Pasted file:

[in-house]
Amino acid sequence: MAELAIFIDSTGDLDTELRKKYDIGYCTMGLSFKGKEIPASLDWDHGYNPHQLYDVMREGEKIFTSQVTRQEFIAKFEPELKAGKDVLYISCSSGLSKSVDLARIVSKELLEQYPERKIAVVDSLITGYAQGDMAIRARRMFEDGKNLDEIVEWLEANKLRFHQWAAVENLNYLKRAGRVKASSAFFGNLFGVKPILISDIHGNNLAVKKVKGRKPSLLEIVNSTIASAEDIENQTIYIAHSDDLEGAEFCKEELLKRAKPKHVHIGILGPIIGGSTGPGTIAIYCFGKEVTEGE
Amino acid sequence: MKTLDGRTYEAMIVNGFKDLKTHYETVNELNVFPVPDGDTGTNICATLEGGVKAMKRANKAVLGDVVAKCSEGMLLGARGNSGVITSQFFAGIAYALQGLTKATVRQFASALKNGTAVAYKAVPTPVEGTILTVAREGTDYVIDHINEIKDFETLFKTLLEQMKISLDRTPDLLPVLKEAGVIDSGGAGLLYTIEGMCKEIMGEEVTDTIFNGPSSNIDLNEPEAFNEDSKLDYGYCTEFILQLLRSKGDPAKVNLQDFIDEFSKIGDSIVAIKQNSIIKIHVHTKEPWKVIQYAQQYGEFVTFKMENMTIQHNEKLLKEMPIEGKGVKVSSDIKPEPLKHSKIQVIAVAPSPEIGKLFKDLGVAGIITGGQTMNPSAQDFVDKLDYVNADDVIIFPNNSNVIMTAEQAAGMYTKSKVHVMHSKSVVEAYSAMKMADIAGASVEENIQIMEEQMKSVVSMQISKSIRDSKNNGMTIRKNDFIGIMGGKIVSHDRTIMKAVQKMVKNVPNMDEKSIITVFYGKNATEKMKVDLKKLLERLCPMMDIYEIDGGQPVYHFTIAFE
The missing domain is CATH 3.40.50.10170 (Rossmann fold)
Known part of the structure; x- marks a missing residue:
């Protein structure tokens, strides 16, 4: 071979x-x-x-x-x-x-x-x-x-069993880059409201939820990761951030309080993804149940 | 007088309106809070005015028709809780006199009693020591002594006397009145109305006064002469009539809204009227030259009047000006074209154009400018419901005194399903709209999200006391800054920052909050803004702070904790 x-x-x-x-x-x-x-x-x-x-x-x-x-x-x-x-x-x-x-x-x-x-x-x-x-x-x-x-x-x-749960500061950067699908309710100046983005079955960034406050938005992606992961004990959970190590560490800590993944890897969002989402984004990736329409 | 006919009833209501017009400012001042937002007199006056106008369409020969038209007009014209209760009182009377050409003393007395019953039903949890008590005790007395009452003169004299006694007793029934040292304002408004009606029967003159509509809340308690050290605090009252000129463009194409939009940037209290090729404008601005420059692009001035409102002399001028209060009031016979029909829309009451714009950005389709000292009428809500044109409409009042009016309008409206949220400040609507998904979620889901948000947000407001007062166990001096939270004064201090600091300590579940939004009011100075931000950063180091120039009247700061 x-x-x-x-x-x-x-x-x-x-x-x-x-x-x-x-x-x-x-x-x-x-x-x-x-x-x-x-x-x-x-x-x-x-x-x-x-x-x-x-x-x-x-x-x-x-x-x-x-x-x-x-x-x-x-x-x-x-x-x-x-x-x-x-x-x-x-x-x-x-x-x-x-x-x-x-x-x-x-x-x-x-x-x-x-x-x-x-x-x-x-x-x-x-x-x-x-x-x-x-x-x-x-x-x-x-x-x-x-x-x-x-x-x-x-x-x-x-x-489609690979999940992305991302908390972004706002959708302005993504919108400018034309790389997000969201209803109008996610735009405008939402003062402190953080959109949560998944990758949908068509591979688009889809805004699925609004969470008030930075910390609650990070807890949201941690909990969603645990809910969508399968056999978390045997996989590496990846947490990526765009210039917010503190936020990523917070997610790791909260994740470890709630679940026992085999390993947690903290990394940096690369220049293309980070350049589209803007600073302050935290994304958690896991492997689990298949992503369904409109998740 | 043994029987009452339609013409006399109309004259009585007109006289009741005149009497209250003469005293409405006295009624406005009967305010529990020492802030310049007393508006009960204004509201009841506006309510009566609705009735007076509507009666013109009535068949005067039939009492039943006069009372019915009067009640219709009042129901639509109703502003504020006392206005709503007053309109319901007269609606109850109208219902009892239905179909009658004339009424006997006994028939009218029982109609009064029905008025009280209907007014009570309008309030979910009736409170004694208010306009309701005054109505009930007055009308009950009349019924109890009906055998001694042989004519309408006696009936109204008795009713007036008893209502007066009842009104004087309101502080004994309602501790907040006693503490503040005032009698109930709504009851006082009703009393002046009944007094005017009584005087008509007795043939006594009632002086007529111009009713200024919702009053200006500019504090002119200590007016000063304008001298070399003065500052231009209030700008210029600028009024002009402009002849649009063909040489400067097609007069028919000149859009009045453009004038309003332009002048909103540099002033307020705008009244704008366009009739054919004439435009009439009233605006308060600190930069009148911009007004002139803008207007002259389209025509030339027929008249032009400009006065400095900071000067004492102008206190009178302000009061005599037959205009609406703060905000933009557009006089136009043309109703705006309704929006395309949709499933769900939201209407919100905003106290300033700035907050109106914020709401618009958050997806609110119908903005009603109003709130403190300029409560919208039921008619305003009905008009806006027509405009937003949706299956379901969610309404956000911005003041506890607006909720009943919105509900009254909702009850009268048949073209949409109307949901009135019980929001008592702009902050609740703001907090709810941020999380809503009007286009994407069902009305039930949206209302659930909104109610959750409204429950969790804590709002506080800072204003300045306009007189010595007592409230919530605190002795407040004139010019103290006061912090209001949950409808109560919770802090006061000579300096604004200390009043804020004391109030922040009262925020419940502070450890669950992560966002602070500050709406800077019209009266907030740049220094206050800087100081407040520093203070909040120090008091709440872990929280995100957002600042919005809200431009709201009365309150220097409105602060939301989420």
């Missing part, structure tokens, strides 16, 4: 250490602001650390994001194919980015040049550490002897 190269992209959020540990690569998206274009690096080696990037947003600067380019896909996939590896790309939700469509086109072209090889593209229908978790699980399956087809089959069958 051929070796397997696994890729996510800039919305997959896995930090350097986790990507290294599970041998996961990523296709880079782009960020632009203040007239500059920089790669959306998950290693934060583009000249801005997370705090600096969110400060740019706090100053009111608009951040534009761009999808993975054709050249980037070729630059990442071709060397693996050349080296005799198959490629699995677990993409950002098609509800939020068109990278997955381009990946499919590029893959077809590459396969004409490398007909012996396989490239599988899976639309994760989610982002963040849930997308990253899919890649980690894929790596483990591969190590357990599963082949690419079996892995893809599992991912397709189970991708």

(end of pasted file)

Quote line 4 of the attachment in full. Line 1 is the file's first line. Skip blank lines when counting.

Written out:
The missing domain is CATH 3.40.50.10170 (Rossmann fold)